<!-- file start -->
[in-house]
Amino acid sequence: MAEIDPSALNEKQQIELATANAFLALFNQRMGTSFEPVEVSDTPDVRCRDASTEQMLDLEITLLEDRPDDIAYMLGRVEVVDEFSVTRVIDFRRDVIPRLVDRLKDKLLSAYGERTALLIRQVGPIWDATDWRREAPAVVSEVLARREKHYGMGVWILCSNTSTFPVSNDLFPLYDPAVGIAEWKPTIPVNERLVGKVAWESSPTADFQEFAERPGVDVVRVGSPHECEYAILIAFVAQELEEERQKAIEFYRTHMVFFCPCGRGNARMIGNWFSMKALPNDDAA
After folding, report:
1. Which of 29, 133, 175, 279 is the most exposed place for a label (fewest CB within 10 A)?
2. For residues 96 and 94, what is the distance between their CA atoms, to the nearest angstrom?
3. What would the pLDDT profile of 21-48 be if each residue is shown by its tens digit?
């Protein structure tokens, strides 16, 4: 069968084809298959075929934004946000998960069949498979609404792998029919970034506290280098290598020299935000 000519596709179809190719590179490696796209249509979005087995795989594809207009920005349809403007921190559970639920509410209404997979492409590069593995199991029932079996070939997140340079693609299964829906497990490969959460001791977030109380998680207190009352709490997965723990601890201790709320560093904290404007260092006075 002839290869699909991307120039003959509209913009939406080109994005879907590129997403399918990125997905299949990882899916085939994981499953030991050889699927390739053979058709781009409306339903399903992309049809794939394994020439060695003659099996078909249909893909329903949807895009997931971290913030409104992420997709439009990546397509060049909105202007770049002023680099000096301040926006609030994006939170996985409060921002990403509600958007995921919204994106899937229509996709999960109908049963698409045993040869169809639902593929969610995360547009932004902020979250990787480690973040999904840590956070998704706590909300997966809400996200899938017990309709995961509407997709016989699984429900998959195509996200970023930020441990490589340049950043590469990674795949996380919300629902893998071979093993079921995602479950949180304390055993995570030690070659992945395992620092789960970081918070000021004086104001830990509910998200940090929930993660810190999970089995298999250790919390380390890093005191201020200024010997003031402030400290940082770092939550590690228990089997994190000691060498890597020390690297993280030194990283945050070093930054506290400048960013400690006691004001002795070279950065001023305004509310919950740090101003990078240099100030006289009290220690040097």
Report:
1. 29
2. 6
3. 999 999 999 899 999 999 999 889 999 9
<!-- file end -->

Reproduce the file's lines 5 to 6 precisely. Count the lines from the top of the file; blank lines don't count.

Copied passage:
2. For residues 96 and 94, what is the distance between their CA atoms, to the nearest angstrom?
3. What would the pLDDT profile of 21-48 be if each residue is shown by its tens digit?